Insurance Institute of Michigan
November 19, 2018

What’s Credit Got to do With It?

Why insurance companies use credit
How the use of credit benefits consumers
FAQs about credit
How to get your credit report
Links for further information

Why insurance companies use credit

To make fair and objective decisions and pricing more accurate, insurance companies need to have as much information as possible. Credit history provides a consistent and effective tool to evaluate risk that does not discriminate against any specific group of customers.

Combined with familiar factors such as years of driving experience, previous accidents, type of car or home, where you live and drive and whether you have an alarm system, credit-based insurance scores allow insurance companies to differentiate between lower and higher insurance risks.

Research has shown that consumers with better insurance scores generally have fewer losses and file less expensive claims. People who use credit wisely are generally responsible in other areas of their lives.

In Michigan, insurance companies can only provide a discount for maintaining good credit. In fact, more than two-thirds of Michigan policyholders do have lower rates because of good credit.

How the use of credit benefits consumers

The use of credit-based insurance scores in Michigan actually allows insurance companies to offer lower rates by providing discounts to consumers who have proven to manage their assets well.

People less likely to file a claim in the future pay less, those more likely to have a loss pay more. The same is true for all rating criteria. The alternative would be to charge everyone the same, which means good drivers would pay for bad ones.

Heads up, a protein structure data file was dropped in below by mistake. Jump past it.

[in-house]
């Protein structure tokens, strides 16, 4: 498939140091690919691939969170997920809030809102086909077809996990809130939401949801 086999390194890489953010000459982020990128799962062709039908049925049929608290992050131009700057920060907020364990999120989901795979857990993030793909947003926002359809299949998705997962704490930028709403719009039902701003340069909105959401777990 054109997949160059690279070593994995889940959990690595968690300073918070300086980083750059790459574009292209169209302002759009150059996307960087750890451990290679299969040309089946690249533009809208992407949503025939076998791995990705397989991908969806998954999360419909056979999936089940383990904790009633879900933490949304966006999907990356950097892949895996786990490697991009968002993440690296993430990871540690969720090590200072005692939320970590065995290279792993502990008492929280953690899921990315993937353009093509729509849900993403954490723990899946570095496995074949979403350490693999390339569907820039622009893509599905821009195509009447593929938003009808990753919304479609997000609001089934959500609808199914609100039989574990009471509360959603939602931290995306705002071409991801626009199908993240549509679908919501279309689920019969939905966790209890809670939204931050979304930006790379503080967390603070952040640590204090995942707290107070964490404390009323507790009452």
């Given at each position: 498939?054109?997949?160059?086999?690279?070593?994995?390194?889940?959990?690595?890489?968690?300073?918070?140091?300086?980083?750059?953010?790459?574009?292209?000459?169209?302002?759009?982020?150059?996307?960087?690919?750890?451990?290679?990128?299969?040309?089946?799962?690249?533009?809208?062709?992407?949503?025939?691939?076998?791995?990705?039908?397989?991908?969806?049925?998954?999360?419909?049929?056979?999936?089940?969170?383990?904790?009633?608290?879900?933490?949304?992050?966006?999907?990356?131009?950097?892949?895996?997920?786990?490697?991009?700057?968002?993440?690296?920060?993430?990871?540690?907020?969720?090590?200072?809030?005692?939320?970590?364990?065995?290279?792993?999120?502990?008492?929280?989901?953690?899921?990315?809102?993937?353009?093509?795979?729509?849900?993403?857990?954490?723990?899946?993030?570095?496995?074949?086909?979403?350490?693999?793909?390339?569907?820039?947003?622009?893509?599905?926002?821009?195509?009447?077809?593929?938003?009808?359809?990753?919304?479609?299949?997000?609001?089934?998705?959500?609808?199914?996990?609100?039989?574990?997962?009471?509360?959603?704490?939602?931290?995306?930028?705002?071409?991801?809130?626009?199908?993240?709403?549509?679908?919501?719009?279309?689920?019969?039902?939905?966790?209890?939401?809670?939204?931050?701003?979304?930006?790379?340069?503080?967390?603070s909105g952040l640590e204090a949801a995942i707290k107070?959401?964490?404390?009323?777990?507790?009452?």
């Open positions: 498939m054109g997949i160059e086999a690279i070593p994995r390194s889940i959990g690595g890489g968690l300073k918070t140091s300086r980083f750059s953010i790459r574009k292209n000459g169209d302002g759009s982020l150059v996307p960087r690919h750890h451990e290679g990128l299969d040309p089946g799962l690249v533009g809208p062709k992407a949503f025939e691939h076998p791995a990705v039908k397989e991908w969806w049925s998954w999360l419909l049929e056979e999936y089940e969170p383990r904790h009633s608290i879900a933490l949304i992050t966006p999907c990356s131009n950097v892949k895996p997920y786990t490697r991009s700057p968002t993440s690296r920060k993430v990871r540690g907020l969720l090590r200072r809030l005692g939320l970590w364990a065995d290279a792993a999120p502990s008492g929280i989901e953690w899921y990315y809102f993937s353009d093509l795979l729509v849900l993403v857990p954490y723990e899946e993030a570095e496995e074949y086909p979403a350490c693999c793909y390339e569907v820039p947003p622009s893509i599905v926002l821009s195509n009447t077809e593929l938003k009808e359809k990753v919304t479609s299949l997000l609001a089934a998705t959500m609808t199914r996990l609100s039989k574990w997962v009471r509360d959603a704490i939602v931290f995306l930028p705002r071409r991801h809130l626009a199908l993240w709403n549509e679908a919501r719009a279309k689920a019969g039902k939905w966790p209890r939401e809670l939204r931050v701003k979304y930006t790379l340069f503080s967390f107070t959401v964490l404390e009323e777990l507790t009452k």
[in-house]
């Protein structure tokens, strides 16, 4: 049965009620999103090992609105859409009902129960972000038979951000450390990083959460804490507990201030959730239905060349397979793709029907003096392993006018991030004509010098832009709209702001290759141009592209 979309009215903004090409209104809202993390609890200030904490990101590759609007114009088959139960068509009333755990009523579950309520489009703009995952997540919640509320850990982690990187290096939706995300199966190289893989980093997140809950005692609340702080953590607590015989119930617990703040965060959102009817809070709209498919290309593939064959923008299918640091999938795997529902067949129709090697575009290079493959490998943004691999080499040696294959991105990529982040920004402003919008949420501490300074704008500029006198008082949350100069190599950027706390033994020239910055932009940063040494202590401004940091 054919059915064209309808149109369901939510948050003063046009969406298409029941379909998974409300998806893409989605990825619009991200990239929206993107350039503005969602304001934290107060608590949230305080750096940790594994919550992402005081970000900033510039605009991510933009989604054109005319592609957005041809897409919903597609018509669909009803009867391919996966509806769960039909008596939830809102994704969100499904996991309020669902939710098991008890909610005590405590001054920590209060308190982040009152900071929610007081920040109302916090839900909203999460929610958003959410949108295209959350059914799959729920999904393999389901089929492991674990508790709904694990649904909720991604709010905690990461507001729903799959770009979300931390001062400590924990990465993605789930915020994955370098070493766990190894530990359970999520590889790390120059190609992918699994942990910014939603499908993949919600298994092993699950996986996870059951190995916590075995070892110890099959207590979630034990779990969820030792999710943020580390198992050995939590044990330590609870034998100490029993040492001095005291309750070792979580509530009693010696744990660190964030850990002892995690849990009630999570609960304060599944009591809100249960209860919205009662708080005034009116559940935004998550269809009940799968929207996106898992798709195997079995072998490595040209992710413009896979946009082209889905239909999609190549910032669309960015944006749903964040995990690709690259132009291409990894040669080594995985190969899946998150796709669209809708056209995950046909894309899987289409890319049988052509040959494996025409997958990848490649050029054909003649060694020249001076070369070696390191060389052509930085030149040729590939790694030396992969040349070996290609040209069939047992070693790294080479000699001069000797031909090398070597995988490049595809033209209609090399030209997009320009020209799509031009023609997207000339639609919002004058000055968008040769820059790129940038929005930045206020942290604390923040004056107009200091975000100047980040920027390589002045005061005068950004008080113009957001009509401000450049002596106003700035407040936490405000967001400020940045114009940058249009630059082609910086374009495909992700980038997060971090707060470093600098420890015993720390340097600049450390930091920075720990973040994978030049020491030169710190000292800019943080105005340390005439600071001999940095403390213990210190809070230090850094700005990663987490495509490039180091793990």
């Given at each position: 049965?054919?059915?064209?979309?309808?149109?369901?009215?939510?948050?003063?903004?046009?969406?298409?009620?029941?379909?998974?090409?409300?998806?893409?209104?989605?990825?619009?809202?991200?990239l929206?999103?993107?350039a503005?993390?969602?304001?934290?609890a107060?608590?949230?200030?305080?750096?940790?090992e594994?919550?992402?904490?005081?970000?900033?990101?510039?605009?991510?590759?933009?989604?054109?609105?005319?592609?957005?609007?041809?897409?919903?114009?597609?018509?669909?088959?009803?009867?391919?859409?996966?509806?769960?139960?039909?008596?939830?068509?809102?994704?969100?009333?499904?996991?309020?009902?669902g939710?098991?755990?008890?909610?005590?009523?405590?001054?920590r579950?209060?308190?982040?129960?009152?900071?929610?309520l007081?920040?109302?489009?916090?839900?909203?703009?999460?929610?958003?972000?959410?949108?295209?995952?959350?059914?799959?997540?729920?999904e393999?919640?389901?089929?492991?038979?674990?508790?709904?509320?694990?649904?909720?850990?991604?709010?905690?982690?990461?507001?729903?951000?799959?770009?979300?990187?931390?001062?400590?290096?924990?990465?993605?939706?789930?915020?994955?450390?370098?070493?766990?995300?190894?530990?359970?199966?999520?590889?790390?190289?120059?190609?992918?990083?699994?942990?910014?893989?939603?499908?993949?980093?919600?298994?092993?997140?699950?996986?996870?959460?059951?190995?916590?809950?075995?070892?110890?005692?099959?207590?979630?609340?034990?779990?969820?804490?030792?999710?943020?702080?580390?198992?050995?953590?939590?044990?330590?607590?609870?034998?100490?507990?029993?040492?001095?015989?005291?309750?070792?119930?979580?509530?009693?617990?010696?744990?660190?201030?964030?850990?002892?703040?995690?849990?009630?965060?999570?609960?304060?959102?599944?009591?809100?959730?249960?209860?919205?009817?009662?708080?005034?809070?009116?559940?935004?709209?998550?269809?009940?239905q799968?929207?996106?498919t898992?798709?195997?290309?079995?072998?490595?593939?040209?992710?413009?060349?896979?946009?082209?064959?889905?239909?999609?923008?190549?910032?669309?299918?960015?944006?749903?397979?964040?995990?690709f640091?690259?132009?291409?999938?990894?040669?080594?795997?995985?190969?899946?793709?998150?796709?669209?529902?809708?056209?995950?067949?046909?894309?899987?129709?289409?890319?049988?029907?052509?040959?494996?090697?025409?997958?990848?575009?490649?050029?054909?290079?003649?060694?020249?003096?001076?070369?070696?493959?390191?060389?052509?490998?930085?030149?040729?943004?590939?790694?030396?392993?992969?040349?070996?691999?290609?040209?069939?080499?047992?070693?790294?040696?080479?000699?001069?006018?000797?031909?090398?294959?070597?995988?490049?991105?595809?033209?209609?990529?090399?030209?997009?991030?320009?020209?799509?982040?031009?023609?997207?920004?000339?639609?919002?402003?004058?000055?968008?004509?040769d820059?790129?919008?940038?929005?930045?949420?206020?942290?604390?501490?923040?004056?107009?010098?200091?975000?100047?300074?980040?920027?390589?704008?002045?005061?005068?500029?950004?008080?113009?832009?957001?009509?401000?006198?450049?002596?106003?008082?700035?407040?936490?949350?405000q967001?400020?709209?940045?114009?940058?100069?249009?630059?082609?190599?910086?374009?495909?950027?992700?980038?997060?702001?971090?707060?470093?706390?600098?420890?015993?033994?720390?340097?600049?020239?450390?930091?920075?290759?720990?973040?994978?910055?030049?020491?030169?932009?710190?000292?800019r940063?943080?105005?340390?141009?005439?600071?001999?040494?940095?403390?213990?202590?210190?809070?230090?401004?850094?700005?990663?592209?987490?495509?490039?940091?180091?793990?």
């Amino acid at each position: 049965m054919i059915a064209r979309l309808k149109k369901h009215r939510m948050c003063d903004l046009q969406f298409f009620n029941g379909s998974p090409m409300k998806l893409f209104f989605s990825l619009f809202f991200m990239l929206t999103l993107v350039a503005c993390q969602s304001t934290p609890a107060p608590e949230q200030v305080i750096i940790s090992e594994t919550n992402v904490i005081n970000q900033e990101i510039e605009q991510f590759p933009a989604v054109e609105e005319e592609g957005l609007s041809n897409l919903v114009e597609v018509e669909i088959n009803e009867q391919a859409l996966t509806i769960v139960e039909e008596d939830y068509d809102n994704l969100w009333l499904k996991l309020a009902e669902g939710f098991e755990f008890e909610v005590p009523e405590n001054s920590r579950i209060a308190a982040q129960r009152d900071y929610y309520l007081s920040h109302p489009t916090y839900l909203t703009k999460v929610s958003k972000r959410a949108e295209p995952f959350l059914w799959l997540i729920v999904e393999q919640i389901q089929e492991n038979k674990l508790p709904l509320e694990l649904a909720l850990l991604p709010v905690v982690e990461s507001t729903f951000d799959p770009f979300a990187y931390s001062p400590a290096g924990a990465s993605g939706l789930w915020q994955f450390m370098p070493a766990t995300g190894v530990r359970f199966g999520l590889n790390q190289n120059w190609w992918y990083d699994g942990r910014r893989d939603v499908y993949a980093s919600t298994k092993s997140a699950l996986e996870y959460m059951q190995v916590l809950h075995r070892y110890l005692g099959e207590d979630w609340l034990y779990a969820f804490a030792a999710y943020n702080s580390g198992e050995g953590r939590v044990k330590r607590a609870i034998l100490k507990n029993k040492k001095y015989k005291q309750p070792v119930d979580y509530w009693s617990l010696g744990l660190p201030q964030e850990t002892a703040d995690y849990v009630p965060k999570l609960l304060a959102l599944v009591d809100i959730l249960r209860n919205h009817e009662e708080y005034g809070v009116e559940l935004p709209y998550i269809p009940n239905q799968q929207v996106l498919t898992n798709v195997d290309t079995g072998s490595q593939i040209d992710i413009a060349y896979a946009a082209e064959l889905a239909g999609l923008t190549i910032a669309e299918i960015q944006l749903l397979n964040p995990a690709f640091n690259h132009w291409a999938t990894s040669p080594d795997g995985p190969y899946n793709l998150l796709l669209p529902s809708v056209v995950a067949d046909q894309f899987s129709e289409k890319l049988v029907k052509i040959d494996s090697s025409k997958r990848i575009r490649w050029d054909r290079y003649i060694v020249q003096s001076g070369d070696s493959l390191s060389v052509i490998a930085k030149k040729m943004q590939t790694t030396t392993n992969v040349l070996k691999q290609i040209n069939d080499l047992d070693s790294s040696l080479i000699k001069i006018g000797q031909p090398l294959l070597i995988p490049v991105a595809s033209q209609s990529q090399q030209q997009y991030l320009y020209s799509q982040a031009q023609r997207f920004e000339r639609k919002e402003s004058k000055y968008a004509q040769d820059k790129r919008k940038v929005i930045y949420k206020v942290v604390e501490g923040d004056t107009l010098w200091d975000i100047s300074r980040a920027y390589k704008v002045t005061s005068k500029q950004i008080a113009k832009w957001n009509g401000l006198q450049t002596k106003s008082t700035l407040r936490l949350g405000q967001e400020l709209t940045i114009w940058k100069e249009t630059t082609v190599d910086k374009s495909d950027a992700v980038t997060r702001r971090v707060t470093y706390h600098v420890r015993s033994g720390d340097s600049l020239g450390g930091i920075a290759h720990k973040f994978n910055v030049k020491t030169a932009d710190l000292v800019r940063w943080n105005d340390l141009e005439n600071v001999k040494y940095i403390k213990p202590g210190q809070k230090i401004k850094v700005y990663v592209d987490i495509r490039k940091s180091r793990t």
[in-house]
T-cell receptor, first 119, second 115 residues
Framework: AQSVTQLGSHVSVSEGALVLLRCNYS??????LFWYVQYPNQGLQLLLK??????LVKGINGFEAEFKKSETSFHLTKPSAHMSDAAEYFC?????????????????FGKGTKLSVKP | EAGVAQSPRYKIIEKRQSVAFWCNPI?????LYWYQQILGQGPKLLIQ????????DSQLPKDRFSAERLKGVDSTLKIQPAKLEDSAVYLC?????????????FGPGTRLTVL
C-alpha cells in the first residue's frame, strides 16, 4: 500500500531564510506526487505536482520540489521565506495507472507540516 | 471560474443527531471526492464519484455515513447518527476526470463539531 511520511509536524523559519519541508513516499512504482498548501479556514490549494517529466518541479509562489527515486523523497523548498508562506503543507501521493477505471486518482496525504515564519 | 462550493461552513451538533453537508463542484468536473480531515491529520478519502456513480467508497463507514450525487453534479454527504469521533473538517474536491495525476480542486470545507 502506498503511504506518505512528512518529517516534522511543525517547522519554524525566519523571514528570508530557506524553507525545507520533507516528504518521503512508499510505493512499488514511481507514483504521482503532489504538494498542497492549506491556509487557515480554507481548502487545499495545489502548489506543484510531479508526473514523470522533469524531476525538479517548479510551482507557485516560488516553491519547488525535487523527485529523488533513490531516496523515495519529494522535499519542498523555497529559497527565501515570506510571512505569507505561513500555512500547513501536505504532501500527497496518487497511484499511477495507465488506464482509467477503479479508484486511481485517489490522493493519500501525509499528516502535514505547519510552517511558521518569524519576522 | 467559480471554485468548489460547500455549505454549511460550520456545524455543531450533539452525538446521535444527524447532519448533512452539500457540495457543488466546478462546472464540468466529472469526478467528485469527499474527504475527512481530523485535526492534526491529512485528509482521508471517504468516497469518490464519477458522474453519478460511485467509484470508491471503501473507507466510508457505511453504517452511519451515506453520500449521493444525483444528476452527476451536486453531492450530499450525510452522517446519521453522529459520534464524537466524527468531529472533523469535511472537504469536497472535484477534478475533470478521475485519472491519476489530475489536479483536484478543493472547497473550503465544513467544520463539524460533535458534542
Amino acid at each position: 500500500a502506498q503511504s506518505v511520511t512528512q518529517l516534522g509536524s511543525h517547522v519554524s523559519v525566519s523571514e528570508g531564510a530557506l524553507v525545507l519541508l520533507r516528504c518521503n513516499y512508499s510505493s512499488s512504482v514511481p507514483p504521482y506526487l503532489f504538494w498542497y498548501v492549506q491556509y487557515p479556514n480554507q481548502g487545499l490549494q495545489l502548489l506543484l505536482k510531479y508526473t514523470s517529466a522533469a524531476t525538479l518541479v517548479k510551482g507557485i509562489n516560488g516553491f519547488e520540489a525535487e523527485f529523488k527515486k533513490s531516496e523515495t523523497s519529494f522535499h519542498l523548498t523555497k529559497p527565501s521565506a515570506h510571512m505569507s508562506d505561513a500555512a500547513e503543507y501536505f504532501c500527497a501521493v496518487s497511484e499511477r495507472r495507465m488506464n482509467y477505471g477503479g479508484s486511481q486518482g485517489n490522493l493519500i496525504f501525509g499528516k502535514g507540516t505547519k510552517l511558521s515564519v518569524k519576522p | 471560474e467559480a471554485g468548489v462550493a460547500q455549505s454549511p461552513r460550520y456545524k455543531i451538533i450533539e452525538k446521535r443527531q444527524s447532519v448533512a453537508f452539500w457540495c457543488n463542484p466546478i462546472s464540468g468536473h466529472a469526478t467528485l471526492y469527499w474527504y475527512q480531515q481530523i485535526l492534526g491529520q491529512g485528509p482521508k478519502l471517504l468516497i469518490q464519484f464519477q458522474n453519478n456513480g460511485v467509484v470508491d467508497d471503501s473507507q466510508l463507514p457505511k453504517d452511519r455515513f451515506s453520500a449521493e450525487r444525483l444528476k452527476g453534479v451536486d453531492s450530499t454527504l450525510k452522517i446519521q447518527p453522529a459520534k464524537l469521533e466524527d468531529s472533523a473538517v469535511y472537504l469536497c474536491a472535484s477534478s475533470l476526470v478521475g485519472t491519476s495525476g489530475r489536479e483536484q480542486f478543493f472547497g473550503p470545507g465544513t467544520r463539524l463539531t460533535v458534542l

The use of credit information promotes competition. This benefits consumers, who can shop around for the best price, service and coverage.

FAQs about credit:

  1. What does a person’s credit have to do with home and auto insurance?
    Independent studies have proven a strong connection between credit history and the likelihood of an individual filing a claim.  People who use credit wisely are generally responsible in other areas of their lives.  Research indicates that people with better insurance scores have fewer losses and less expensive claims.
  2. Why do insurance companies use credit in its decision making?
    To make fair and objective underwriting decisions, insurance companies need to have as much information as possible.  Credit history provides a consistent and effective tool to evaluate risk that does not discriminate against any specific group of customers.  Information such as a person’s age, income, ethnic group, religion, gender or marital status is not factored into credit-based insurance scores. 
  3. Why don’t insurance companies just look at my driving record or claims history?
    Most people think that insurance companies can obtain all the information they need from state motor vehicle departments.  However, a recent study by the Insurance Research Council (IRC) indicated that one in five traffic violations may not appear on a Motor Vehicle Record (MVR) Credit information is generally more accurate and compliments driving history to work to the advantage of most policyholders.